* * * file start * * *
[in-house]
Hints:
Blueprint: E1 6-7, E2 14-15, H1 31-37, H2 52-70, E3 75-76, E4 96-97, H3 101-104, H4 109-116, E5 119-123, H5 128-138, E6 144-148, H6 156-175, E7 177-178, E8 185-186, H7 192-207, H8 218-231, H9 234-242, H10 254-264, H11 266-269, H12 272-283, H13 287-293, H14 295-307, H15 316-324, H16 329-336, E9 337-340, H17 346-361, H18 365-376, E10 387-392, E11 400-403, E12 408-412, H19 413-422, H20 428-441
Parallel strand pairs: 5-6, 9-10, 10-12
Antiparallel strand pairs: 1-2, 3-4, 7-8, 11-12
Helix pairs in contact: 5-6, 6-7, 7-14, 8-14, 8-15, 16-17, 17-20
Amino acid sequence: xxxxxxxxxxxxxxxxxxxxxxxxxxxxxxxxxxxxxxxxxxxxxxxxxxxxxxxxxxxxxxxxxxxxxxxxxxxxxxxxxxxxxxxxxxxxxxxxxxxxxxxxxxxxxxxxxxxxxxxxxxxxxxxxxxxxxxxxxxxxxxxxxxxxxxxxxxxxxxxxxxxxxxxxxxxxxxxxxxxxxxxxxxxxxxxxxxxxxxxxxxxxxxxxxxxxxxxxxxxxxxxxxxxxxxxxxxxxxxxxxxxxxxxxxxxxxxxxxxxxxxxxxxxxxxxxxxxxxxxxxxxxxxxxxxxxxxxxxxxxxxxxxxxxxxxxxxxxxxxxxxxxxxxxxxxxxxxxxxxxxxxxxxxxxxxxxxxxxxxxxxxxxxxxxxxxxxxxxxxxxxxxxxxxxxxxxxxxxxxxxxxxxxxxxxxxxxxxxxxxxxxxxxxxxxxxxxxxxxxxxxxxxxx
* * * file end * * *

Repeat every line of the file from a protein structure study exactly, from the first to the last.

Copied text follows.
[in-house]
Hints:
Blueprint: E1 6-7, E2 14-15, H1 31-37, H2 52-70, E3 75-76, E4 96-97, H3 101-104, H4 109-116, E5 119-123, H5 128-138, E6 144-148, H6 156-175, E7 177-178, E8 185-186, H7 192-207, H8 218-231, H9 234-242, H10 254-264, H11 266-269, H12 272-283, H13 287-293, H14 295-307, H15 316-324, H16 329-336, E9 337-340, H17 346-361, H18 365-376, E10 387-392, E11 400-403, E12 408-412, H19 413-422, H20 428-441
Parallel strand pairs: 5-6, 9-10, 10-12
Antiparallel strand pairs: 1-2, 3-4, 7-8, 11-12
Helix pairs in contact: 5-6, 6-7, 7-14, 8-14, 8-15, 16-17, 17-20
Amino acid sequence: xxxxxxxxxxxxxxxxxxxxxxxxxxxxxxxxxxxxxxxxxxxxxxxxxxxxxxxxxxxxxxxxxxxxxxxxxxxxxxxxxxxxxxxxxxxxxxxxxxxxxxxxxxxxxxxxxxxxxxxxxxxxxxxxxxxxxxxxxxxxxxxxxxxxxxxxxxxxxxxxxxxxxxxxxxxxxxxxxxxxxxxxxxxxxxxxxxxxxxxxxxxxxxxxxxxxxxxxxxxxxxxxxxxxxxxxxxxxxxxxxxxxxxxxxxxxxxxxxxxxxxxxxxxxxxxxxxxxxxxxxxxxxxxxxxxxxxxxxxxxxxxxxxxxxxxxxxxxxxxxxxxxxxxxxxxxxxxxxxxxxxxxxxxxxxxxxxxxxxxxxxxxxxxxxxxxxxxxxxxxxxxxxxxxxxxxxxxxxxxxxxxxxxxxxxxxxxxxxxxxxxxxxxxxxxxxxxxxxxxxxxxxxxx